When Donald Trump won the White House 12 months ago, the stock market took off. And the president often takes credit for that. In a recent tweet, he attributed the ongoing rally to "great confidence" in his administration's policies.
The truth, though, is that the president -- indeed, any president -- has only limited powers to affect the market, which is driven more by corporate earnings and economic forces.
"In the first few months" of Mr. Trump's presidency, said Garrett Oakley, a financial planner with online financial adviser Betterment, investors were excited about Mr. Trump's ambitious plans for tax cuts and huge public works projects. "But that became priced in," meaning the thrill faded after nothing happened and investors turned elsewhere for inspiration.
To be sure,aren't exceptional. In the 12 months after Mr. Trump's 2016 victory, the S&P 500 rose 21.1 percent, LPL Financial research shows -- putting his initial year in third place behind John F. Kennedy in 1961 (up 28.4 percent) and George H.W. Bush in 1989 (21.7 percent).
The rally predates the Trump presidency
Indeed, with a few hiccups, the market has been on an ascending trajectory since March 2009, at the outset of Barack Obama's administration, and the so-called "Trump bump" is the just latest leg upward. Stock valuations, as measured by the 12-month forward price-earnings multiple, have been "roughly constant for the past two years," said Nicholas Atkeson, a founding principal of Delta Asset Management.
Oddly enough, Mr. Trump's lack of legislative success may have helped the market, said Jeffrey Sherman, deputy chief investment officer at DoubleLine Capital. In an interview with Yahoo Finance, he noted: "Markets don't like change. And for that I'll give the president credit that he really hasn't changed much thus far, at least when it comes to financial and fiscal policy."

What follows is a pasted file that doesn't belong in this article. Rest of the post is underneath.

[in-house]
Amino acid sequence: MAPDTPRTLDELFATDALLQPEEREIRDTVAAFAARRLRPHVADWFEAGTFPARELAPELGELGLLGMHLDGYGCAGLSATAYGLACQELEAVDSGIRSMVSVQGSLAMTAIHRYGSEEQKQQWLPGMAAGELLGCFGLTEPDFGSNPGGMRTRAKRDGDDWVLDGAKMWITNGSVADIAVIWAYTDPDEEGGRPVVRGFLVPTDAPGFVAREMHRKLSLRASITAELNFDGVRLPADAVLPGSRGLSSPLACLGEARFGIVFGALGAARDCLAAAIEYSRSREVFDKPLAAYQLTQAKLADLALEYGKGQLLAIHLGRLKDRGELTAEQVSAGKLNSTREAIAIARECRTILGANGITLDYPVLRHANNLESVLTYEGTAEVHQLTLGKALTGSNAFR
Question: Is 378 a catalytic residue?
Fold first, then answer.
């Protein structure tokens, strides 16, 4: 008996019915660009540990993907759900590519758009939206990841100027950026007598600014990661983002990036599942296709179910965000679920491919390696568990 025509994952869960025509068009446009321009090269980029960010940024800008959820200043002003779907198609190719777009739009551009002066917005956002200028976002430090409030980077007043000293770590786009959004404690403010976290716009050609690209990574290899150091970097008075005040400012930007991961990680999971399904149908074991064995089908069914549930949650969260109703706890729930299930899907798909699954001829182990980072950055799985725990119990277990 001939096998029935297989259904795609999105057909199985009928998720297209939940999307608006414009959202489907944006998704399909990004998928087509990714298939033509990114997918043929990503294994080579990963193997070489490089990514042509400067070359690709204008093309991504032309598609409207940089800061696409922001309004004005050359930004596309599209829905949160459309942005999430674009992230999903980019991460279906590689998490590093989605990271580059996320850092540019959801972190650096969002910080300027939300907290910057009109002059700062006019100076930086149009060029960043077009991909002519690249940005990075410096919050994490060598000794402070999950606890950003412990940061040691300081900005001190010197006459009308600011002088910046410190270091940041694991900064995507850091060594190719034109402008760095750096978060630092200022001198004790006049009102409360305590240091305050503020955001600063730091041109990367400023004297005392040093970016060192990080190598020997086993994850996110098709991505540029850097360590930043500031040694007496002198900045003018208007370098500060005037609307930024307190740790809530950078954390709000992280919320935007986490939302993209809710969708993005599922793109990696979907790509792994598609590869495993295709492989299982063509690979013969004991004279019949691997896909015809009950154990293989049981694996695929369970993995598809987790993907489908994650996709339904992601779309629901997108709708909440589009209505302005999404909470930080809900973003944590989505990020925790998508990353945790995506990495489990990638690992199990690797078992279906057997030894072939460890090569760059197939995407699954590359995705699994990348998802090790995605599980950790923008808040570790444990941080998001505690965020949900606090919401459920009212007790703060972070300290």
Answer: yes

The tax cut promise has had little impact
The House GOP tax plan, endorsed by the Trump White House, proposes immediately dropping the corporate tax rate to 20 percent from 35 percent, which is one of the highest among major economic powers. However, getting a tax plan through Congress is a Sisyphean task. Theon fears that corporate tax cuts will be delayed until 2019, a feature of the .
Michael Underhill, chief investment officer at Capital Innovations, has charted four times in the past 12 months when a tax bill generated a lot of news coverage -- and each time, stocks climbed. But when that attention faded, the upward momentum did, too.
The market's advance is led primarily by tech stocks. Perhaps Mr. Trump's goal of luring back corporate cash stashed abroad by lowering US tax rates has heartened tech investors -- a lot of that offshore money belongs to tech titans like Apple (APPL).
Trouble is, no one can be sure that the Republican tax plan, which contains a provision to repatriate the overseas cash, will pass. The GOP's failure to repeal Obamacare earlier this year seems, to many, a harbinger for the party's legislative prospects.
What if the tax plan fails? "A tax cut is built into current prices," said Sam Stovall, chief investment strategist at research firm CFRA. "If no tax cut occurs, we'll see that the market is overvalued by 10 percent, and there could be a correction," with stocks falling that amount.
Federal policy appears to have little or no effect lately on market leaders